The coal business has been booming since the early 1990s. Indonesia’s coal production rose from a mere 13 million tons in 1991 to more than 606 million tons in 2021. Who gets the biggest share?
In Indonesia, coal has long been exploited to satisfy the avarice of those in power.
Prior to the country’s independence, in 1861, the Dutch colonial government began mining coal in Palaran, East Kalimantan, before kicking off production in Ombilin, West Sumatra, the year after.
In fact, Kalimantan and Sumatra islands are Indonesia’s “supermarket” of coal. As of 2020, coal reserves on the two islands reached 25.84 billion tons and 12.96 billion tons, respectively, while their coal resources stood at 88.31 billion tons and 55.08 billion tons.
In 1976, then Indonesian president Soeharto issued a decree to prioritize the rehabilitation of mining facilities to boost national coal production. Global coal demand was on the rise following the 1973 Arab oil embargo.
However, the real momentum came in the early 1990s after Soeharto reopened Indonesia’s coal mining sector for foreign investment. Ever since, the country’s annual coal production kept soaring from one year to another, from merely 13 million tons in 1991 to 606.7 million tons in 2021.
By the end of 2021, there were 66 coal miners operating in Indonesia under the old system of work contracts (PKP2B) and 1,162 under the more contemporary mining business permits (IUP).
Indonesia uses its own coal to fuel steam power plants and various domestic industries. As of 2021, the capacity of the nation’s power plants reached 74 gigawatts (GW), of which 37 GW, or 50%, came from coal facilities. Indonesia needed a total of 113 million tons of coal to operate all of its steam power plants.
Based on the US Energy Information Administration (EIA) calculations, every million tons of coal burned emit up to 3.17 million tons in carbon dioxide, meaning that Indonesia’s coal facilities could release 358 million tons of CO2 in 2021.
Coal burning generates a large quantity of harmful pollutants and chemicals. According to a 2015 study by Harvard University and Greenpeace, Indonesia’s coal power stations caused an estimated 6,500 premature deaths annually. The number was projected to increase to 15,700 in line with the development of new coal facilities across the nation.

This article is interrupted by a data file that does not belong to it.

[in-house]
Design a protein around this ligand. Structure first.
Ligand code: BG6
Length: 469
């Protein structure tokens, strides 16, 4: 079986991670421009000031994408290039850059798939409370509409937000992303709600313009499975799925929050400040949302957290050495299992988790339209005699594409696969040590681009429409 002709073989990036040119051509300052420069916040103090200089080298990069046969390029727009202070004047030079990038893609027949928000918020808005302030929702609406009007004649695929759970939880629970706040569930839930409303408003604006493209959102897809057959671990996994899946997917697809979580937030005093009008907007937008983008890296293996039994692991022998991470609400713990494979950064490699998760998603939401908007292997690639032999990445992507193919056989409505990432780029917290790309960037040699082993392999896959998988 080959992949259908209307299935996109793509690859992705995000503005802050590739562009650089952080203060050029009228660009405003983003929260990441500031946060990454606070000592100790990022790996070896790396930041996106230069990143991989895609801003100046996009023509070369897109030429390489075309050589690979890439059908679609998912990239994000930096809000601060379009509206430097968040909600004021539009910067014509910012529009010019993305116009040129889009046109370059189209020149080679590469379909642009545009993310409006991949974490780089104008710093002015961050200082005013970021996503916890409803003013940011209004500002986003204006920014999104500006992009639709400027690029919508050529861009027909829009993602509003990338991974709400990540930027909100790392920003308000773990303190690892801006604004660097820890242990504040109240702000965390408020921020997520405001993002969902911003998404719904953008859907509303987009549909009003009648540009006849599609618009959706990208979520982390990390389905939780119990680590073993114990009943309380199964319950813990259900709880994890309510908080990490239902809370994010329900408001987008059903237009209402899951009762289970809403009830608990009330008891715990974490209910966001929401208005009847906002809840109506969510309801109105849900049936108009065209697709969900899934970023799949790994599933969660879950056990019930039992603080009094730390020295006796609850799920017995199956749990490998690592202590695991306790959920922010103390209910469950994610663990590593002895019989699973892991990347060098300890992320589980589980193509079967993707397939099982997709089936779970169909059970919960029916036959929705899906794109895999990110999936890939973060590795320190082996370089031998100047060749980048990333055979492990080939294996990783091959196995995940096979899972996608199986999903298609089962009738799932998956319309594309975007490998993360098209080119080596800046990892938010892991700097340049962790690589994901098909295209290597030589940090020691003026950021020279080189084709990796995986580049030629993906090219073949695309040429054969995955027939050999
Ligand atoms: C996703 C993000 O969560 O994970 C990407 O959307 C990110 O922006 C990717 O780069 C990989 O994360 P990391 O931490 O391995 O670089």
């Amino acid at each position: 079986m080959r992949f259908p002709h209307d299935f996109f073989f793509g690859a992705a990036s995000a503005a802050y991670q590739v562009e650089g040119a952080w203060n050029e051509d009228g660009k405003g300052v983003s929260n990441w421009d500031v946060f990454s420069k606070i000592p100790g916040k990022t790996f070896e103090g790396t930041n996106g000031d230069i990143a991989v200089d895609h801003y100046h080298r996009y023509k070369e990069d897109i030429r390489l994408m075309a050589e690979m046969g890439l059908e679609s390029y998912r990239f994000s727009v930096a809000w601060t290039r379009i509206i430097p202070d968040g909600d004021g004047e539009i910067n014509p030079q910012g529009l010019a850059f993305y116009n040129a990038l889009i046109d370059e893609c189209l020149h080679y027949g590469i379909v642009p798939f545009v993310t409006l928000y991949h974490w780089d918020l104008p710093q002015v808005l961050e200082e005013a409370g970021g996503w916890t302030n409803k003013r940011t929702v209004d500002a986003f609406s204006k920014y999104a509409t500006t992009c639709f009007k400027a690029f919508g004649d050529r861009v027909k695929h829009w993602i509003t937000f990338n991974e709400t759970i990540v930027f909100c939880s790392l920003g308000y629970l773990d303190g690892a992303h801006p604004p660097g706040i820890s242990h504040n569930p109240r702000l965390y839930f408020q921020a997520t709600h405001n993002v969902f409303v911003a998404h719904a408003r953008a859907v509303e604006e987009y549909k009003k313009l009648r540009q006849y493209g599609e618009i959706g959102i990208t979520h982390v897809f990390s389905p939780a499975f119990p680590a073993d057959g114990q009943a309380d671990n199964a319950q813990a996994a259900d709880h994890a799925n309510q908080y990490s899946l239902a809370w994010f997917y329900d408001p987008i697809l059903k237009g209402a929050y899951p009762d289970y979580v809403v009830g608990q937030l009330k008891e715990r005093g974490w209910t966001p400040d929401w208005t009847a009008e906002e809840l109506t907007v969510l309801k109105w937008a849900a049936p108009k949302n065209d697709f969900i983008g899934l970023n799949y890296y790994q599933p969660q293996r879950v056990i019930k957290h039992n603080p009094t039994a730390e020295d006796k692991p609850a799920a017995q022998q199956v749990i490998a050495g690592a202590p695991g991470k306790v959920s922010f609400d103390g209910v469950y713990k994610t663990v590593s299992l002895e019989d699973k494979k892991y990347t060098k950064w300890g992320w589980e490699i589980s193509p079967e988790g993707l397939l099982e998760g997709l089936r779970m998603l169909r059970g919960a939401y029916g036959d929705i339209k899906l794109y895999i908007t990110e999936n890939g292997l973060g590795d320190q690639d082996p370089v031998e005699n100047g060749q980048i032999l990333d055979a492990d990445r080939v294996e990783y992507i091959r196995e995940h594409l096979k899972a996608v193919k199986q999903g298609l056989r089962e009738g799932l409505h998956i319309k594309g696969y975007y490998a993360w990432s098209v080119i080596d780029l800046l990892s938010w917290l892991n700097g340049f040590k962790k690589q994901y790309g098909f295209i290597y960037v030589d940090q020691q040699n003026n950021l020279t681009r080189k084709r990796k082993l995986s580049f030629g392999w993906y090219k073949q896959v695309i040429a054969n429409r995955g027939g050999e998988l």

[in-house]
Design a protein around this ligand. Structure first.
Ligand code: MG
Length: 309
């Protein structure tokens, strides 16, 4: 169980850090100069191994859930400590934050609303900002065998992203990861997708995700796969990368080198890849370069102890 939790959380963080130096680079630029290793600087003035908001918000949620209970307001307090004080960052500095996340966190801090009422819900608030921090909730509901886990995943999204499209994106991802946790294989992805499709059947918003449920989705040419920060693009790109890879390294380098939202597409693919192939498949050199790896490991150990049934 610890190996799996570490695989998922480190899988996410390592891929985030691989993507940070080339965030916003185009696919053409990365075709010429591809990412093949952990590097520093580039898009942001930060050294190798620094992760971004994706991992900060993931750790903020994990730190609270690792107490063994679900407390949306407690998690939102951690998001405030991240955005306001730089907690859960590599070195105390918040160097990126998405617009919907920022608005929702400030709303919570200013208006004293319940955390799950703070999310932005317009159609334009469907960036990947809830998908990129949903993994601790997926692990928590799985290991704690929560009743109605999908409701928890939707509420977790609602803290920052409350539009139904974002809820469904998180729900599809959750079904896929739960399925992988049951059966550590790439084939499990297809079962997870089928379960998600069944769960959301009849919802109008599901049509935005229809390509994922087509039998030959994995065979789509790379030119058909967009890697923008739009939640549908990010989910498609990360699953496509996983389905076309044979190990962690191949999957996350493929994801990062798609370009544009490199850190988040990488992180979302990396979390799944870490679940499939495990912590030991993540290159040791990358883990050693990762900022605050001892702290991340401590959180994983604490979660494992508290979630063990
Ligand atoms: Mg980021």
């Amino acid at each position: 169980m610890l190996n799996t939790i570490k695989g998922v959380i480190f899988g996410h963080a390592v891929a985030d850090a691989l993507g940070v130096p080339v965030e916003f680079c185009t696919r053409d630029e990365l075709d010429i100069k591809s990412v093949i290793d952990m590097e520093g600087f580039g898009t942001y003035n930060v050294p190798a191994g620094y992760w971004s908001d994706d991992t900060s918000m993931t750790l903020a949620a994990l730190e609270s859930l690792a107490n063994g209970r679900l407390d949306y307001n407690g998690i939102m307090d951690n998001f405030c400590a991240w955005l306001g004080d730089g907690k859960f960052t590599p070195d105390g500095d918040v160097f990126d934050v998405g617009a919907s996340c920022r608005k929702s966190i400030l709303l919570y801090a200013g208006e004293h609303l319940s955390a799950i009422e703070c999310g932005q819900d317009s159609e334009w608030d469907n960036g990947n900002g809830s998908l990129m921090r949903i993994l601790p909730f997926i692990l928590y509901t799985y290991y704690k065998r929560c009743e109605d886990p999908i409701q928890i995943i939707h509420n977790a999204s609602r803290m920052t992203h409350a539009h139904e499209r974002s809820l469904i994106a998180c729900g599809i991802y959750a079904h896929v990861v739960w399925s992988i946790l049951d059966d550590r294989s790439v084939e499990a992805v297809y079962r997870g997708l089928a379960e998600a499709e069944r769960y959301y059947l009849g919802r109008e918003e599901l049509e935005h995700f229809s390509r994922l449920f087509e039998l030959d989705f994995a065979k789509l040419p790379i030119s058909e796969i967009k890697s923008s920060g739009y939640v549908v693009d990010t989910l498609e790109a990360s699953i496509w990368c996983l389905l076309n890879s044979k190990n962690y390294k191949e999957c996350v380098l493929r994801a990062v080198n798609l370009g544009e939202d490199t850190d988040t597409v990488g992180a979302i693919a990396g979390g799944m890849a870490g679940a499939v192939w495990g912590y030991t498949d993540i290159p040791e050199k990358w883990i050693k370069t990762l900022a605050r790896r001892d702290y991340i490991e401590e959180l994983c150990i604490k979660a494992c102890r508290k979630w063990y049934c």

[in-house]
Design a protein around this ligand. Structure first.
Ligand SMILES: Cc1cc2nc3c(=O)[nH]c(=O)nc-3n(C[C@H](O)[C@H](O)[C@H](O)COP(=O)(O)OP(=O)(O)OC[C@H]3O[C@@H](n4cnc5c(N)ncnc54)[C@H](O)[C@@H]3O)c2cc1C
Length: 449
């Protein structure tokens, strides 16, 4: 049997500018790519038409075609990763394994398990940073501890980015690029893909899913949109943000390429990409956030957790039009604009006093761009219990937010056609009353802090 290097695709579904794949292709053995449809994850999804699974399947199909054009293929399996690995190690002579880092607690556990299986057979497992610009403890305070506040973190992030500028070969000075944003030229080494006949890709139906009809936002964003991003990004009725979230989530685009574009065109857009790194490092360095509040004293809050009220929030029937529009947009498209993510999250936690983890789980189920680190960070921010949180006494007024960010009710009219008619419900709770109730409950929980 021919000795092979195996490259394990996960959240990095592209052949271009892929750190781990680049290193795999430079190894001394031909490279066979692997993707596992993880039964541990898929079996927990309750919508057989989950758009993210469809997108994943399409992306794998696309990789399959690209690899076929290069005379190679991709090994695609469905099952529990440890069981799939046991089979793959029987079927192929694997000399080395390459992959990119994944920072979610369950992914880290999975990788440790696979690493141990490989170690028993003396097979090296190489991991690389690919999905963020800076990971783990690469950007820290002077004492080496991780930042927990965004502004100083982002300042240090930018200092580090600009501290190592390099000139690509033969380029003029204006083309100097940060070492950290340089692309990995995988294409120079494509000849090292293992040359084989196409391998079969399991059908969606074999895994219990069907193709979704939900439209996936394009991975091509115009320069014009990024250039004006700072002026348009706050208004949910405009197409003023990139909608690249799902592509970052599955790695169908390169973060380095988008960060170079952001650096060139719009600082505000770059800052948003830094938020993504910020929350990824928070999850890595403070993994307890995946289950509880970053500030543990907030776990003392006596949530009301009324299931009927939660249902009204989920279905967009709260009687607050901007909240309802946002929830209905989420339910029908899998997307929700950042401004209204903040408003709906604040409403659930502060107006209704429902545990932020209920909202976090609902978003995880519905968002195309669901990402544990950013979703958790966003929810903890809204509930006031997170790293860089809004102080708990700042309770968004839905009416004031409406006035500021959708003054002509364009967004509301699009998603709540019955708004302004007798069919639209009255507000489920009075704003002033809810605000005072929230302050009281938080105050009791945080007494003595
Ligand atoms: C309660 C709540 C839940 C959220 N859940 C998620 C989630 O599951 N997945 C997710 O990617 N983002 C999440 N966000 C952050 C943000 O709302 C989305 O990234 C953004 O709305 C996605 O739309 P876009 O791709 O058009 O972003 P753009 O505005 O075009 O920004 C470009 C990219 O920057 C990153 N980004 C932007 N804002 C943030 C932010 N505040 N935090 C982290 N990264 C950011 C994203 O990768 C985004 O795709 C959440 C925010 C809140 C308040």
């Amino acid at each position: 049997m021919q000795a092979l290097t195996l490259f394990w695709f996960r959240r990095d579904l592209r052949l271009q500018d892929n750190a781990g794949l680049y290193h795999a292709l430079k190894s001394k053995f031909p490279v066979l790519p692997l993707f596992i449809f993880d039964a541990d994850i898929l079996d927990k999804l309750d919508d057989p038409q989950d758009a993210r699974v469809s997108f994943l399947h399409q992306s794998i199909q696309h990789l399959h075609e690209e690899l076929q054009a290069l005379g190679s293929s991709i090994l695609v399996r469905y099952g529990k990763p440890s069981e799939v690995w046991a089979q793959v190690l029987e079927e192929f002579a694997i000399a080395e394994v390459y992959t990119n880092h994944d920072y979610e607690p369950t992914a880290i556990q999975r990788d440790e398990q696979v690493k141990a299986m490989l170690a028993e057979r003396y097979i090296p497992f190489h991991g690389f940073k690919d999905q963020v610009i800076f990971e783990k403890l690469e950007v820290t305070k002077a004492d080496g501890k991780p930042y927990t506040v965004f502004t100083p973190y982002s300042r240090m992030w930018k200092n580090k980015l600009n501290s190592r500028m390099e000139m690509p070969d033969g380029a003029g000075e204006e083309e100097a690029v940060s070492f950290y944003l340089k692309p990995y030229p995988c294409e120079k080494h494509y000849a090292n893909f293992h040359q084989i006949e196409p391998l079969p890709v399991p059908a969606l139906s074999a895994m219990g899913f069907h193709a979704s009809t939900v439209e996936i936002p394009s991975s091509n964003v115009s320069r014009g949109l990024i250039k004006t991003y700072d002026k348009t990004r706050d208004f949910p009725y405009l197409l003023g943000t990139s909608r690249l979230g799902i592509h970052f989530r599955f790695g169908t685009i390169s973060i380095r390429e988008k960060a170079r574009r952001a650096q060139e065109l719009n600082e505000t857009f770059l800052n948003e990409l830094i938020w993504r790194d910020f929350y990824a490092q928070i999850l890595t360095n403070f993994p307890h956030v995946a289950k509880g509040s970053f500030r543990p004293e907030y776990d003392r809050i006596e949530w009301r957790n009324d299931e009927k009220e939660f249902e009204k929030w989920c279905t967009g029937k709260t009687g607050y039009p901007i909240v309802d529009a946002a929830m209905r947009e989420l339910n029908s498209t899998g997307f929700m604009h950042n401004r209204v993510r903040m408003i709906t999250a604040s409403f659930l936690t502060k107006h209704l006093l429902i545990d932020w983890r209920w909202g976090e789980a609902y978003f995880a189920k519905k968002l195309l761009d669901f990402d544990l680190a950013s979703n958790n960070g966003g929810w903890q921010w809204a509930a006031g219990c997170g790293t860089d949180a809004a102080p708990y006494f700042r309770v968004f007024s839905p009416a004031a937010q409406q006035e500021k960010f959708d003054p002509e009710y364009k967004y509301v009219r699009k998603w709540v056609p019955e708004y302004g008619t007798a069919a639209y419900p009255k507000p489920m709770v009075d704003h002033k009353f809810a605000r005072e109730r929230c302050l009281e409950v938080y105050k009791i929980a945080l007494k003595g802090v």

Moreover, coal mining activities pose a threat to health and environment. Examples include Muara Enim, a regency with the largest coal reserves in South Sumatra, where state-owned coal miner PT Bukit Asam mainly operates. There, rivers are polluted, floods and landslides occur routinely, forest areas and agricultural lands are shrinking, land conflicts are common, illegal mining is everywhere, and locals are vulnerable due to the poor quality of their health.
In spite of all this, Indonesia today still puts a premium on coal, which is seen as the cheapest energy source. The coal business is deemed essential by the government, as it helps boost non-tax state revenue and ease the country’s trade deficit. And, certainly, it makes the rich richer.
The presence of a number of coal oligarchs with strong networks and political influence in the government led to a policy flip-flop on some crucial energy and mining measures in the past several years. The government canceled a plan to cap annual coal production at 400 million tons starting in 2019. It also backtracked on the coal export ban within less than two weeks after the policy was announced at the end of 2021.
As of 2020, Indonesia’s five biggest coal holding companies or business groups were PT Bumi Resources, run by the Bakrie family, Sinar Mas Mining Group, owned by the Widjaja family, PT Adaro Energy, controlled together by the Thohir and Soeryadjaya families, PT Indika Energy, steered by the Sudwikatmono family and PT Bayan Resources, led by Low Tuck Kwong. State-owned mining holding firm Mining Industry Indonesia (MIND ID) only sat sixth place. The list is based on data from the Energy and Mineral Resources Ministry, annual reports and official websites of numerous mining firms, as well as information published by various news outlets.
At least eight oligarchs now control those six coal business groups, namely Aburizal Bakrie, Fuganto Widjaja, Sandiaga Uno, Edwin Soeryadjaya, Garibaldi “Boy” Thohir, Erick Thohir, Agus Lasmono, and Low Tuck Kwong. In addition, there are other businessmen with relatively low coal production volumes, yet with strong networks in circles of tycoons, politicians, military officers, and government elites. They are Prabowo Subianto and Luhut Binsar Pandjaitan.
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Researchers: Viriya Singgih, Mawa Kresna
Translator: Sebastian Partogi
Editors: Mawa Kresna, Evi Mariani, Sam Schramski (EJN)
This article is part of the #EnergiKotor (#DirtyEnergy) reporting series supported by Internews’ Earth Journalism Network through its special collaborative journalism project “Available But Not Needed,” which brings together six media outlets and more than a dozen reporters across seven countries to explore how public and private investments continue to fund fossil fuel economies in Southeast Asia.